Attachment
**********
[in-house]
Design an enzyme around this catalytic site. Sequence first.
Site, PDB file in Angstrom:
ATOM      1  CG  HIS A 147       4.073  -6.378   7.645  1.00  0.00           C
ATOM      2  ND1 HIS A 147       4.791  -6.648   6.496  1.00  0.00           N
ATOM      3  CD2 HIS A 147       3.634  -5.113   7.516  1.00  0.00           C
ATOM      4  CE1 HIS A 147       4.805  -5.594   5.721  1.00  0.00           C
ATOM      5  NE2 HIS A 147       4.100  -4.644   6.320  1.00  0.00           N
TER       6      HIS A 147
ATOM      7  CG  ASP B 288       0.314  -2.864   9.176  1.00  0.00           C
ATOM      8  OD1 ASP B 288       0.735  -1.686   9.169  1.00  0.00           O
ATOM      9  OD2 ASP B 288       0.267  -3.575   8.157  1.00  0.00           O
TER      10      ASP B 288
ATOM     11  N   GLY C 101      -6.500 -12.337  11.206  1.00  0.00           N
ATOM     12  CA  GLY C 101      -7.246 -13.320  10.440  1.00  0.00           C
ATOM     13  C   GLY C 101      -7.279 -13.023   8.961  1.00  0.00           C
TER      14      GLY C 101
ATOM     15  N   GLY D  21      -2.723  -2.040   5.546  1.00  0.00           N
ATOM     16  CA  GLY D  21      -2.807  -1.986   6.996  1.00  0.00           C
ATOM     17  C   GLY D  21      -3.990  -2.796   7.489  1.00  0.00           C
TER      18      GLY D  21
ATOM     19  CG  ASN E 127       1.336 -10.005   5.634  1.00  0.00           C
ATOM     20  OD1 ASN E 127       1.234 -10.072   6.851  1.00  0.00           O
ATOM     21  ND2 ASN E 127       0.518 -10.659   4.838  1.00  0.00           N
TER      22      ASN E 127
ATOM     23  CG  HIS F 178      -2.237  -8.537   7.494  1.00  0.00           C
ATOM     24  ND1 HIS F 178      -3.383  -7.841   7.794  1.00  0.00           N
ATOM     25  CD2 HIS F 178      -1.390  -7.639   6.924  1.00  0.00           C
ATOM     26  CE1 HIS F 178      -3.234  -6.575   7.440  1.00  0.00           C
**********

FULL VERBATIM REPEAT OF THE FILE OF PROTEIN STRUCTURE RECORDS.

[in-house]
Design an enzyme around this catalytic site. Sequence first.
Site, PDB file in Angstrom:
ATOM      1  CG  HIS A 147       4.073  -6.378   7.645  1.00  0.00           C
ATOM      2  ND1 HIS A 147       4.791  -6.648   6.496  1.00  0.00           N
ATOM      3  CD2 HIS A 147       3.634  -5.113   7.516  1.00  0.00           C
ATOM      4  CE1 HIS A 147       4.805  -5.594   5.721  1.00  0.00           C
ATOM      5  NE2 HIS A 147       4.100  -4.644   6.320  1.00  0.00           N
TER       6      HIS A 147
ATOM      7  CG  ASP B 288       0.314  -2.864   9.176  1.00  0.00           C
ATOM      8  OD1 ASP B 288       0.735  -1.686   9.169  1.00  0.00           O
ATOM      9  OD2 ASP B 288       0.267  -3.575   8.157  1.00  0.00           O
TER      10      ASP B 288
ATOM     11  N   GLY C 101      -6.500 -12.337  11.206  1.00  0.00           N
ATOM     12  CA  GLY C 101      -7.246 -13.320  10.440  1.00  0.00           C
ATOM     13  C   GLY C 101      -7.279 -13.023   8.961  1.00  0.00           C
TER      14      GLY C 101
ATOM     15  N   GLY D  21      -2.723  -2.040   5.546  1.00  0.00           N
ATOM     16  CA  GLY D  21      -2.807  -1.986   6.996  1.00  0.00           C
ATOM     17  C   GLY D  21      -3.990  -2.796   7.489  1.00  0.00           C
TER      18      GLY D  21
ATOM     19  CG  ASN E 127       1.336 -10.005   5.634  1.00  0.00           C
ATOM     20  OD1 ASN E 127       1.234 -10.072   6.851  1.00  0.00           O
ATOM     21  ND2 ASN E 127       0.518 -10.659   4.838  1.00  0.00           N
TER      22      ASN E 127
ATOM     23  CG  HIS F 178      -2.237  -8.537   7.494  1.00  0.00           C
ATOM     24  ND1 HIS F 178      -3.383  -7.841   7.794  1.00  0.00           N
ATOM     25  CD2 HIS F 178      -1.390  -7.639   6.924  1.00  0.00           C
ATOM     26  CE1 HIS F 178      -3.234  -6.575   7.440  1.00  0.00           C